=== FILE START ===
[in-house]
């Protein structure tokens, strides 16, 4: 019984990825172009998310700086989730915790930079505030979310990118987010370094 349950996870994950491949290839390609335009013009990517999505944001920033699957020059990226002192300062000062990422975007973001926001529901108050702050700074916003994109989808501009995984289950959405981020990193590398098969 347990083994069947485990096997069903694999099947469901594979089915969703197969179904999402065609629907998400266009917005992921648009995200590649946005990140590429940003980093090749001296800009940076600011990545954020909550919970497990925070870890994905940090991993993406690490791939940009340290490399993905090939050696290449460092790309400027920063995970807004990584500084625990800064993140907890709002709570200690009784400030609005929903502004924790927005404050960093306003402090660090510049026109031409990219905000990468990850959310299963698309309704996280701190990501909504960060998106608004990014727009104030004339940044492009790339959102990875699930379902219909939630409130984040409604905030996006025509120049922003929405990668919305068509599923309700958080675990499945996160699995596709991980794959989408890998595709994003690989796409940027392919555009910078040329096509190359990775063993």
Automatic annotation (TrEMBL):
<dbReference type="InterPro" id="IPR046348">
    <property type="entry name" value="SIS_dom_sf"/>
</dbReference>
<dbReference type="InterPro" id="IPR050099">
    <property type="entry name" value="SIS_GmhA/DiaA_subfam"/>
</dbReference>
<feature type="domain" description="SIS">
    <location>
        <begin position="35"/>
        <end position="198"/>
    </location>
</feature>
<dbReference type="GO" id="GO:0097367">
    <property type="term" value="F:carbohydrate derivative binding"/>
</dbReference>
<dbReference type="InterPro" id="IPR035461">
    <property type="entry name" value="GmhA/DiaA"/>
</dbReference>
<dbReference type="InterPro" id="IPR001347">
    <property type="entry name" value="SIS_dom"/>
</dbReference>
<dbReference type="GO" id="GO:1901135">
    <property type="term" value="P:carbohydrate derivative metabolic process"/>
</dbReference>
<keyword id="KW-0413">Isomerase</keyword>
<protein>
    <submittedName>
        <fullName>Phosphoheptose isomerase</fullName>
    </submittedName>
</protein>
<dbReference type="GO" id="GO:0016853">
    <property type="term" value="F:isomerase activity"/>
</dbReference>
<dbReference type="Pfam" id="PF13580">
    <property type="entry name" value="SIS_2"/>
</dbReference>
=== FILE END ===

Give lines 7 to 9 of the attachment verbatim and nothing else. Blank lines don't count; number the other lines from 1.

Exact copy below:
<dbReference type="InterPro" id="IPR050099">
    <property type="entry name" value="SIS_GmhA/DiaA_subfam"/>
</dbReference>